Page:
Warning, this article contains some distressing images
A woman from Plymouth diagnosed with a brain tumour woke up believing she was 28 years younger.
Glenn Lilley was given six months to live after she was diagnosed with a meningioma - a type of brain tumour in 2021.
The 71-year-old had been suffering with tinnitus and vertigo. Following a scan, an ear, nose and throat specialist (ENT) said there was no cause for concern.
In July that year she collapsed at home causing her to temporarily lose her memory, and an MRI scan confirmed a large mass on her brain. Glenn was warned without surgery she would die within months.
She woke up believing she was 28 years younger than she was - and believed her sons who were grown adults were still living at home as teens.
The grandmother-of-five said: “I thought I was 41, not 69, which was my actual age at the time. I’d lost years of my life and thought my boys, who were grown adults, were still teenagers.
"With my full medical notes in front of him, Professor Whitfield said the mass could be seen on the scan from 2017 and the ENT specialist had missed the then grape-sized mass. He commented on how aggressively the tumour had grown since that scan.
“I’m very much a get on with it type of person, perhaps that’s my Yorkshire roots coming through. Rather than harbouring any thoughts of anger towards the ENT specialist I was determined to fight this disease.
"I hold no blame for the fact the tumour was missed.
"The way I see things is: a gynaecologist wouldn’t be looking at your feet, so I understand how the tumour could have been missed on the scan looked at by the ENT doctor.”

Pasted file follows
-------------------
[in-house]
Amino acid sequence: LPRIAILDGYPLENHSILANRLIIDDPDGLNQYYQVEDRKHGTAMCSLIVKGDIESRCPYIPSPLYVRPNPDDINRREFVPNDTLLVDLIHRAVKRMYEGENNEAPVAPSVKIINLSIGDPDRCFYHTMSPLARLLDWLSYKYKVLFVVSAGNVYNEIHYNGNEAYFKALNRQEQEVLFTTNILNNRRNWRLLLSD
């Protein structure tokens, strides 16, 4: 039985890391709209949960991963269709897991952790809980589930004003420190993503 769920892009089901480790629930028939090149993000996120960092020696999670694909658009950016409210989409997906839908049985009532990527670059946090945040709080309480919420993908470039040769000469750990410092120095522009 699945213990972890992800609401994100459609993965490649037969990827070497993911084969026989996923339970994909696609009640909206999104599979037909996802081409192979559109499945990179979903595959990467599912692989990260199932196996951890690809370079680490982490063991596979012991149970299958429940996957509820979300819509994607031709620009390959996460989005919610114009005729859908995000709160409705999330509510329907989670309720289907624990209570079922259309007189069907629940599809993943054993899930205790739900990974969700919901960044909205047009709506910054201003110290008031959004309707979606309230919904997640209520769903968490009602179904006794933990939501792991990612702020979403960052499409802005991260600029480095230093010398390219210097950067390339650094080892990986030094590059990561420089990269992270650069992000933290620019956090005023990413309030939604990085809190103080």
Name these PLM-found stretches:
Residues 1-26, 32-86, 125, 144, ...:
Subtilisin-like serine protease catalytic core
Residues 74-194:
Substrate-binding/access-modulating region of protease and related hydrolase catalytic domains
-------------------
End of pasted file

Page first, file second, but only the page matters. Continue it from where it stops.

Glenn’s operation was delayed, following two cancellations due to high Covid-19 cases. In the meantime, she was given steroids to help reduce the build-up of pressure on her brain, and within six weeks gained three stone in weight.
She had an 11-hour operation in September and is now monitored with regular scans. She has been told her brain tumour will grow back, but it could take 10 years.
She said: “I live with impairments to my vision and I‘m deaf in one ear. I have headaches but all of this is manageable in the grand scheme of things.
"Although I was told it was low-grade, there is every chance it will come back and if it does then I will likely need radiotherapy as further surgery could leave me with life-changing injuries.
“I am pleased with the way things played out for me. In 2017 the tumour wasn’t immediately life-threatening, and I wouldn’t have wanted to spend the past four years knowing about it and being seen as poorly."
One in three people know someone affected by a brain tumour. In the UK, 16,000 people each year are diagnosed with a brain tumour, yet just 1% of the national spend on cancer research has been allocated to brain tumours.
Her story has been motivation for her daughter-in-law Stacey, who is taking part in the Brain Tumour Research charity’s Cycle 274 Miles in August challenge.
Glenn is now campaigning alongside a charity to help reach 100,000 signatures on its petition to increase research funding, in the hope of prompting a parliamentary debate.
She said: “I’m not sure that many people realise brain tumours are the biggest killer of children and people under 40 than any other cancer.
"I’ve encouraged everyone who will listen to. I’ve had a wonderful life and feel very lucky, now I am beating the drum for the young people living with the disease.”